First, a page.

I’m just doing some overtime to earn a bit more money to send back to the village for my parents.

The young women and girls who are recruited to work in the garment sector in Tamil Nadu are usually from impoverished rural villages whose families desperately need the extra income and one less mouth to feed. 

You’re so lucky having your family close by. I miss mine so much but at least I can call them on my mobile for a chat.

Flawed Fabrics states that in many of the factories and mills, the young women and girls (the workers are mainly female and the supervisors male) were not permitted to use mobile phones and could only telephone agreed phone numbers. Best employees were the only workers who were allowed to have mobiles. 

Children grow so quickly, don’t they? It won’t be long until that dress is too small for her! I wonder what you’ll buy next?

I wish Little Miss a very happy birthday.

With love from Radhamma


PS: It’s going to be my birthday soon too. I will be 18.

A more recent report (2016), Forced Labour in the Textile and Garment Sector in Tamil Nadu, South India: Strategies for Redress by Dr Annie Delaney and Dr Tim Connor,  states that in 2012 the Tirupur People’s Forum estimated that the majority of the female workforce were younger than 18 years old with many less than 14.

Hi Radhamma

Thank you so much for your email. I’m glad that life has improved recently. To be honest, it’s been hard to find out what your working and living conditions are actually like. I’d like to see your factory and hostel for myself.

According to the Forced Labour report, human rights violations still exist in the Tamil Nadu garment industry.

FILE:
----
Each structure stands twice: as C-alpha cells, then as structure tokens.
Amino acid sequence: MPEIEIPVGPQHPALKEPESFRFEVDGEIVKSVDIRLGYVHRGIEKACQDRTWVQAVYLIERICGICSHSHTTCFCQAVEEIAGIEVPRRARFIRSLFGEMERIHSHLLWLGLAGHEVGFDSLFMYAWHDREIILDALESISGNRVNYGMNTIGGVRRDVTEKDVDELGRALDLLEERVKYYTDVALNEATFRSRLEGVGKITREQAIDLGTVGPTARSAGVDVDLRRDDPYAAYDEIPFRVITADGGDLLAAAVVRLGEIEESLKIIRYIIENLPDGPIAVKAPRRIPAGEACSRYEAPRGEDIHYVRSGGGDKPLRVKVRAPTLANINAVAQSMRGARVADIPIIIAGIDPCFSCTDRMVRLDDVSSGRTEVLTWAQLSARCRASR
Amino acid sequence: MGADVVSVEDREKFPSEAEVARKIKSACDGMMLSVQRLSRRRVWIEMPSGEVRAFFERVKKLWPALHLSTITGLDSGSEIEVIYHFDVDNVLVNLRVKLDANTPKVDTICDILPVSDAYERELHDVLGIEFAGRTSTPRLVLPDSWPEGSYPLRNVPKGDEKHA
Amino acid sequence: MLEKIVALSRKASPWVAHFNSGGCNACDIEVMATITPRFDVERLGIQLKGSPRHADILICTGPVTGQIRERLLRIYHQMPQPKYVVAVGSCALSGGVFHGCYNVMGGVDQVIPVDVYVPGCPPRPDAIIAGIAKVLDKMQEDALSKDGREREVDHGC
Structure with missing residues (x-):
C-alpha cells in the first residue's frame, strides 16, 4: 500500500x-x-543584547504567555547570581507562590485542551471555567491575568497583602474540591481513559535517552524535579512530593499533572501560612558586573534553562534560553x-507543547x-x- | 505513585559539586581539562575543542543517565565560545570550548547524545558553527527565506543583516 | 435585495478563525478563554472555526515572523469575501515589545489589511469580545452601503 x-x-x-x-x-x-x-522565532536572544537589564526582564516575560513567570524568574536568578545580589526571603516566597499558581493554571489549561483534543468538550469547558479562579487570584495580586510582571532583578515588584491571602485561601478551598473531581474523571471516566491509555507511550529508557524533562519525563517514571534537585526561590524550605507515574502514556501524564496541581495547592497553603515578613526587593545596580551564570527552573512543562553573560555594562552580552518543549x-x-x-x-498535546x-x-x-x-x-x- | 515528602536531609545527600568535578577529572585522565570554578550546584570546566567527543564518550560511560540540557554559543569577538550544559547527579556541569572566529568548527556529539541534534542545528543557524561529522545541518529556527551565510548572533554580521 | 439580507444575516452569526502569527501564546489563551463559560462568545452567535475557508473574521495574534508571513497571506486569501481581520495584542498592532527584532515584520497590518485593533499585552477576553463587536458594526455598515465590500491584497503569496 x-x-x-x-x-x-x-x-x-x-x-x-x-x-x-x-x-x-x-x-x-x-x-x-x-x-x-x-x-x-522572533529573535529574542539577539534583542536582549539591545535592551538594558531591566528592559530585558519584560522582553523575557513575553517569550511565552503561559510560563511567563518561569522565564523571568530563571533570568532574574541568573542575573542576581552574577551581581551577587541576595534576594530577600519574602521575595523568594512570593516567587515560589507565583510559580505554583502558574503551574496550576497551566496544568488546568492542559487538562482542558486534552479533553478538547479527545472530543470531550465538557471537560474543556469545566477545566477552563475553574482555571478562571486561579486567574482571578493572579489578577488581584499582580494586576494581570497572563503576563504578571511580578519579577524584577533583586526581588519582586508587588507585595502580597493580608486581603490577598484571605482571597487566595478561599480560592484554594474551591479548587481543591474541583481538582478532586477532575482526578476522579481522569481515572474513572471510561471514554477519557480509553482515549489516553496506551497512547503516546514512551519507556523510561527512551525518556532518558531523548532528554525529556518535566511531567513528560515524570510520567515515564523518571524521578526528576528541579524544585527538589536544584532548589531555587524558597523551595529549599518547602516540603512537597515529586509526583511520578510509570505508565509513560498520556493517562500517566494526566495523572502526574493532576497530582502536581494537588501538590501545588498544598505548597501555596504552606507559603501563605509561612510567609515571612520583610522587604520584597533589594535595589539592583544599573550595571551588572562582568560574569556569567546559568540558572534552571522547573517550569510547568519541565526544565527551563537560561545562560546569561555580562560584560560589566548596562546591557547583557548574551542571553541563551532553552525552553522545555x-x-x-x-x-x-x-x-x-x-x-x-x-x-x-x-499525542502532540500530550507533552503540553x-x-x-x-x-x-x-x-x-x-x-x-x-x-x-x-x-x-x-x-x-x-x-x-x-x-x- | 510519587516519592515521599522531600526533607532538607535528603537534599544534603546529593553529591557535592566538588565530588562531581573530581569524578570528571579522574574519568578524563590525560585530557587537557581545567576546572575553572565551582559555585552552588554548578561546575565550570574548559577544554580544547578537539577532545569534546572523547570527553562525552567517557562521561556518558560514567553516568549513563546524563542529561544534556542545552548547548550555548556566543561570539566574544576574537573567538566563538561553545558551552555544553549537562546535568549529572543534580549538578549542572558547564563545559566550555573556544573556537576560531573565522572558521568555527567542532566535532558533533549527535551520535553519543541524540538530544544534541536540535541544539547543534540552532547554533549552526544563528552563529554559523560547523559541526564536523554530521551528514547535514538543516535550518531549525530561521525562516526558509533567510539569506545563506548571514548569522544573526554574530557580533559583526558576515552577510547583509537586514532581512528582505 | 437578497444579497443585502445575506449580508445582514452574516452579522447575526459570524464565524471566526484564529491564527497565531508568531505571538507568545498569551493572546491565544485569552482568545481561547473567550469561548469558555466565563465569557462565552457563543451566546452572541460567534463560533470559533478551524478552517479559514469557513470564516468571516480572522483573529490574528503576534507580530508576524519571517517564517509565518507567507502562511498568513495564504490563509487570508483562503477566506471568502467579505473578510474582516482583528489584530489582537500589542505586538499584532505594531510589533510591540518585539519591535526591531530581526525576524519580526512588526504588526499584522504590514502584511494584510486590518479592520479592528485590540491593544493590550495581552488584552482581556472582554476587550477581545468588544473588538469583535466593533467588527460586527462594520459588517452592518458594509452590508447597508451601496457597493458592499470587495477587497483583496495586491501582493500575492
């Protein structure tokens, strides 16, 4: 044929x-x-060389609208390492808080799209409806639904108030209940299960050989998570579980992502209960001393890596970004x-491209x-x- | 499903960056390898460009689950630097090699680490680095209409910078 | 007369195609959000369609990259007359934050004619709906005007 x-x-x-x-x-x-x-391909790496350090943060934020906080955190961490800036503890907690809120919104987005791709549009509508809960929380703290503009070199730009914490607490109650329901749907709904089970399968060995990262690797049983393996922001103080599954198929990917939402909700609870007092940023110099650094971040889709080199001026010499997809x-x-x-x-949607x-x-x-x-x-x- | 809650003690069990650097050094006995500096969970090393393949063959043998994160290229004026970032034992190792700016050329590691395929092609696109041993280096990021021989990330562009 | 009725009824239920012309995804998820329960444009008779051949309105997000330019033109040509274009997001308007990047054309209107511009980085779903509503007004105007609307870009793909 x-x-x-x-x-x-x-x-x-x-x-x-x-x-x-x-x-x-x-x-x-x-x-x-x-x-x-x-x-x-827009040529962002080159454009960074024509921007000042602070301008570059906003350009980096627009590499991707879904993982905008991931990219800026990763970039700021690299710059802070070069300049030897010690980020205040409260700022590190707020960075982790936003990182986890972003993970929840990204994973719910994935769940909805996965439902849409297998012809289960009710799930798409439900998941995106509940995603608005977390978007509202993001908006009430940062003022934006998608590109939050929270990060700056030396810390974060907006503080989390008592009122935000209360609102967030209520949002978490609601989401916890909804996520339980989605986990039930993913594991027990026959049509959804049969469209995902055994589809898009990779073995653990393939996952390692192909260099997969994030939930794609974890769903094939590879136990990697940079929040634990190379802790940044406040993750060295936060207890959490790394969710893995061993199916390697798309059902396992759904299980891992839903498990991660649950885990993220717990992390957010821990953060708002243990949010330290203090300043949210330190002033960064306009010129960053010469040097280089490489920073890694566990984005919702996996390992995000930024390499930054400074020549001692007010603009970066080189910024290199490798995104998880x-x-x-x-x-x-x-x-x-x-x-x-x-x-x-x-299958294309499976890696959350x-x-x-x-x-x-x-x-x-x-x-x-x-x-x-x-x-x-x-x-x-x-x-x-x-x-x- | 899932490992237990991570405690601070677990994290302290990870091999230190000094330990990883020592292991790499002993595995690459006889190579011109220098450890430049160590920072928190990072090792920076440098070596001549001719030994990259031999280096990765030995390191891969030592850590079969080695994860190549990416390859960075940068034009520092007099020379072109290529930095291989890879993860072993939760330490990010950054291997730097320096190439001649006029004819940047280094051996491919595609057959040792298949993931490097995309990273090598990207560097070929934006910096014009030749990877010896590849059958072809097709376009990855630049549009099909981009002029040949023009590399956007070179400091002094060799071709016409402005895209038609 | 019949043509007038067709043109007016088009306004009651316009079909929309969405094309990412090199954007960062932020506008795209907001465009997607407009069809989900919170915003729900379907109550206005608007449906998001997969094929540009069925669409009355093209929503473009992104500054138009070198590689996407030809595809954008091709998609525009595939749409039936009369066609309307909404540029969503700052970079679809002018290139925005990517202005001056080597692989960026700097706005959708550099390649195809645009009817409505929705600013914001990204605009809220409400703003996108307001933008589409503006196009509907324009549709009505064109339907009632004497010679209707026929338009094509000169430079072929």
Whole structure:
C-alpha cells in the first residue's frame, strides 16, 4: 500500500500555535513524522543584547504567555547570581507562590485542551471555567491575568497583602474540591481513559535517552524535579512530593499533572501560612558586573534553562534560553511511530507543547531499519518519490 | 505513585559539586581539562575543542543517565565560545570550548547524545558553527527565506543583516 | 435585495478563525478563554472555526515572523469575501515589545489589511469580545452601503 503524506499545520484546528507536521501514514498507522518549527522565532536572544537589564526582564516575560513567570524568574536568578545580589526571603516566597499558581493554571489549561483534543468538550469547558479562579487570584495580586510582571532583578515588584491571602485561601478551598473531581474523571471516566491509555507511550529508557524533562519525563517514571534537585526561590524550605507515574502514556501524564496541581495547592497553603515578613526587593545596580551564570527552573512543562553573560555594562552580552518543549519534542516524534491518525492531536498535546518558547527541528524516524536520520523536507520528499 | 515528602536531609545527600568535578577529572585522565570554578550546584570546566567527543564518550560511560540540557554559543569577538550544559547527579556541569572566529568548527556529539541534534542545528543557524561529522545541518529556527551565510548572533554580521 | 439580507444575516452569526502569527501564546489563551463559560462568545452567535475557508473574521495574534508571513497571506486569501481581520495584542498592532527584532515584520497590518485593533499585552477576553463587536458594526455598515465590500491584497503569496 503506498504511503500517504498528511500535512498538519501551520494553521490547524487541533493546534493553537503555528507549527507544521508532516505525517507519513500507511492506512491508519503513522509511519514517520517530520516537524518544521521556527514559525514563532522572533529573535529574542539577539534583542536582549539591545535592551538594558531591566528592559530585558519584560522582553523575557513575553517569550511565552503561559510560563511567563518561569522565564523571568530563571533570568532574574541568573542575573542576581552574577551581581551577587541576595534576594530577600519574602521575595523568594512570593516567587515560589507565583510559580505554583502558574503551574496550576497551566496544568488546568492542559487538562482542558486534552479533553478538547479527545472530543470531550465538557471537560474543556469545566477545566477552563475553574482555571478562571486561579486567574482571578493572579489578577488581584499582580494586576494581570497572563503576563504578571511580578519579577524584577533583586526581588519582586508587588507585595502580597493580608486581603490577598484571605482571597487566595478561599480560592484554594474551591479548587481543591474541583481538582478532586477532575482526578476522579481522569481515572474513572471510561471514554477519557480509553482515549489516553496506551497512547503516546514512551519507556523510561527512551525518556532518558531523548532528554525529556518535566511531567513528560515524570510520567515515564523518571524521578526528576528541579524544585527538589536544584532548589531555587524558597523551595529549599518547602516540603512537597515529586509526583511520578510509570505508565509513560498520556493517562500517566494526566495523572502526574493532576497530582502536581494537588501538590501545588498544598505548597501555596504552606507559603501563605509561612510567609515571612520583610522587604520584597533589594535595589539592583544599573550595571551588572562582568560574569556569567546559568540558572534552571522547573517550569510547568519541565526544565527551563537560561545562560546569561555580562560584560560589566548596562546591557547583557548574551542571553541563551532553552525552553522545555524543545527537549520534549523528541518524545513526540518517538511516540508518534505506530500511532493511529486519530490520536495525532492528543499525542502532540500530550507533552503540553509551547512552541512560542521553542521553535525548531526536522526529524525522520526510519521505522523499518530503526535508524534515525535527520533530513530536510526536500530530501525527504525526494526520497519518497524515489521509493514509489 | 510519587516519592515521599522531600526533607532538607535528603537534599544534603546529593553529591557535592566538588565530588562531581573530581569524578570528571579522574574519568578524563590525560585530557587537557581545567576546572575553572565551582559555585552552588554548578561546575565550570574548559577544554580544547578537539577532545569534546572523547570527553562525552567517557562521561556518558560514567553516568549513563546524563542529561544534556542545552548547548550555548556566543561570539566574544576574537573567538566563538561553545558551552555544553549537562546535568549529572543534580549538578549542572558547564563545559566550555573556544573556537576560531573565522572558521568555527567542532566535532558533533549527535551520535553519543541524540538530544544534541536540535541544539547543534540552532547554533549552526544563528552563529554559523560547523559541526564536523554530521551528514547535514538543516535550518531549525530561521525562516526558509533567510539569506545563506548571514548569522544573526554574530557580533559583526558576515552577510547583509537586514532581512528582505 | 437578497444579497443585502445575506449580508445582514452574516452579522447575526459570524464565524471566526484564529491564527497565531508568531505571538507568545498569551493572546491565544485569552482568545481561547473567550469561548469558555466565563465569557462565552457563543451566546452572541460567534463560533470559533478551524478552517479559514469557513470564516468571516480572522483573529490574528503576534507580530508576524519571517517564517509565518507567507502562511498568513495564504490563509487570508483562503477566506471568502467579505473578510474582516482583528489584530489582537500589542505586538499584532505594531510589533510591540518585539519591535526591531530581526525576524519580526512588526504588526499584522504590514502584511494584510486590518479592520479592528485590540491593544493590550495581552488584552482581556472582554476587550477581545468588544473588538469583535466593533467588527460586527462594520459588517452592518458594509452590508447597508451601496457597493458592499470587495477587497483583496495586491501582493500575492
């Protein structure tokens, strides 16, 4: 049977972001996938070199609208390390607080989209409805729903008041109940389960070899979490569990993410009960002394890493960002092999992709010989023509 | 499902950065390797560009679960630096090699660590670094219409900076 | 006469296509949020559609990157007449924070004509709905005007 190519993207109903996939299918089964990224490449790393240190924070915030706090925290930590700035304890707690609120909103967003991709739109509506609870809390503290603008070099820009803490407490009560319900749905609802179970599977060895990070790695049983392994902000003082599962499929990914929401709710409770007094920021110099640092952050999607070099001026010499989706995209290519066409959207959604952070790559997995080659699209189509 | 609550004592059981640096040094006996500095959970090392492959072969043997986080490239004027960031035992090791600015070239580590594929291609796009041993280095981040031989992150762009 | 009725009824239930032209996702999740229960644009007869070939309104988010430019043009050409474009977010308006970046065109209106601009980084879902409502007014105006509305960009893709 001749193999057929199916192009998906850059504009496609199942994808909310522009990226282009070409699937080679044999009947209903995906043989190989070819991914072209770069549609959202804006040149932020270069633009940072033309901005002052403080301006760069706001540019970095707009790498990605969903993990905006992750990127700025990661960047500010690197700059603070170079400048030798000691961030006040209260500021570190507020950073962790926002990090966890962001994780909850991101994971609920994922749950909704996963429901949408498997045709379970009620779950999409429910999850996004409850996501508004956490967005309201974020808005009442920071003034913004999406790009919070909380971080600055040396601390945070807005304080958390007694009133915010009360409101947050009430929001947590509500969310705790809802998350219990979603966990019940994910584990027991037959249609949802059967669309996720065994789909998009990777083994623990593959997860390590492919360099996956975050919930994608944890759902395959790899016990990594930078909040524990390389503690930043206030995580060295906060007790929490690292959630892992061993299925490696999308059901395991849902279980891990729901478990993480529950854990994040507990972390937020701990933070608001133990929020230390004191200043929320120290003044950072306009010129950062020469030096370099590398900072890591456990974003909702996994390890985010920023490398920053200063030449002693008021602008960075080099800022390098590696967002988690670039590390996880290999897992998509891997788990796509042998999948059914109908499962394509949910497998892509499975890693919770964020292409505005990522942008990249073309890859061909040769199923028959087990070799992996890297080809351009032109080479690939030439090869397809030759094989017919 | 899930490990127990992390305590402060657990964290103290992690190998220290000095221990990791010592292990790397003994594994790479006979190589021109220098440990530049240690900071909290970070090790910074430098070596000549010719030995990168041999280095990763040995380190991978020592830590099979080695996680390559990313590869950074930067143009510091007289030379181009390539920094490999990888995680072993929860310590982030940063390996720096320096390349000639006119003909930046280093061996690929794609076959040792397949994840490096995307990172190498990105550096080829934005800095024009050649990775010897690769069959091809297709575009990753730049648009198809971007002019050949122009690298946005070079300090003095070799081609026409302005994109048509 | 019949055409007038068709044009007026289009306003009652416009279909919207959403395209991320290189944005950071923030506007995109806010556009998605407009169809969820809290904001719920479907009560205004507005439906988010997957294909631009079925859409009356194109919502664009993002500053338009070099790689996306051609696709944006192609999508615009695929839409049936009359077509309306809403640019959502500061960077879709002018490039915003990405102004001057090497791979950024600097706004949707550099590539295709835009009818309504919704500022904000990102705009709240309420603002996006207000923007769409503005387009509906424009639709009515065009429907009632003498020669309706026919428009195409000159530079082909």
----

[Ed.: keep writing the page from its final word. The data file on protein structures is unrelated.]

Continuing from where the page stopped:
I’d like to visit you, to meet you face-to-face and to say thank you for all the clothes you have made for Small Boy and Little Miss over the last three and a half years: the everyday vests, the tiny sleepsuits that were worn for what felt like five minutes and the special occasion clothes, such as the denim giraffe dress that I knew I just had to buy as soon as I saw it.


I hope that conditions have genuinely improved since Flawed Fabrics was published. I’m pleased to read that Mothercare now release an anti-slavery statement and earlier this year sent out a Responsible Sourcing Handbook to all suppliers.

I’m reassured by their new factory assessments programme:

‘The assessments include initial factory reviews on proposed factories and follow up visits with active factories.

‘The top issues identified were excessive working hours, too many consecutive working days, issues over minimum wages or overtime payments and health and safety issues. In these instances an appropriate corrective action plan was put in place and active factories received a follow up visit and on going support.’

It’s good to read that Mothercare’s suppliers in ‘vertically owned supplier mills’ have agreed to only hire workers who are 18 or older.

It does look as if conditions are changing for you and I hope they continue to do so.

Love, Dido x